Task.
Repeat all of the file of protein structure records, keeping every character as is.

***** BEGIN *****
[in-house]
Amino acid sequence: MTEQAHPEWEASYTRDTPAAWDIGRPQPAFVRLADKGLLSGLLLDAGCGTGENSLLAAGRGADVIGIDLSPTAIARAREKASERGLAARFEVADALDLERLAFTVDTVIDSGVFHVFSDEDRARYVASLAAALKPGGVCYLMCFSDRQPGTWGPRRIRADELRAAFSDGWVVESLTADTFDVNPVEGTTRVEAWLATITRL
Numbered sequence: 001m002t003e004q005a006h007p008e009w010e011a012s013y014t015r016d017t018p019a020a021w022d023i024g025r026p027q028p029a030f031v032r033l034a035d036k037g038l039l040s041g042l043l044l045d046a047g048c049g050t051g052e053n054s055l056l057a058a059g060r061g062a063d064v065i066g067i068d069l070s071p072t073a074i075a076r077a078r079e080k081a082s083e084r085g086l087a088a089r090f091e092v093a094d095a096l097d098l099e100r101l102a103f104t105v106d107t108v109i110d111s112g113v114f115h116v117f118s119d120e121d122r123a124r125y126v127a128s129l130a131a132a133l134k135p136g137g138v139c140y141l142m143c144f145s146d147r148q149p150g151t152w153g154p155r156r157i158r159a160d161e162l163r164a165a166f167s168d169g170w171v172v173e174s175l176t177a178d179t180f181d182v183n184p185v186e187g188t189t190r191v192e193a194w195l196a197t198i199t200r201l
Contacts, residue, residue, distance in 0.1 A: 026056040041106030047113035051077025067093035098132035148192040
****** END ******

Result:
[in-house]
Amino acid sequence: MTEQAHPEWEASYTRDTPAAWDIGRPQPAFVRLADKGLLSGLLLDAGCGTGENSLLAAGRGADVIGIDLSPTAIARAREKASERGLAARFEVADALDLERLAFTVDTVIDSGVFHVFSDEDRARYVASLAAALKPGGVCYLMCFSDRQPGTWGPRRIRADELRAAFSDGWVVESLTADTFDVNPVEGTTRVEAWLATITRL
Numbered sequence: 001m002t003e004q005a006h007p008e009w010e011a012s013y014t015r016d017t018p019a020a021w022d023i024g025r026p027q028p029a030f031v032r033l034a035d036k037g038l039l040s041g042l043l044l045d046a047g048c049g050t051g052e053n054s055l056l057a058a059g060r061g062a063d064v065i066g067i068d069l070s071p072t073a074i075a076r077a078r079e080k081a082s083e084r085g086l087a088a089r090f091e092v093a094d095a096l097d098l099e100r101l102a103f104t105v106d107t108v109i110d111s112g113v114f115h116v117f118s119d120e121d122r123a124r125y126v127a128s129l130a131a132a133l134k135p136g137g138v139c140y141l142m143c144f145s146d147r148q149p150g151t152w153g154p155r156r157i158r159a160d161e162l163r164a165a166f167s168d169g170w171v172v173e174s175l176t177a178d179t180f181d182v183n184p185v186e187g188t189t190r191v192e193a194w195l196a197t198i199t200r201l
Contacts, residue, residue, distance in 0.1 A: 026056040041106030047113035051077025067093035098132035148192040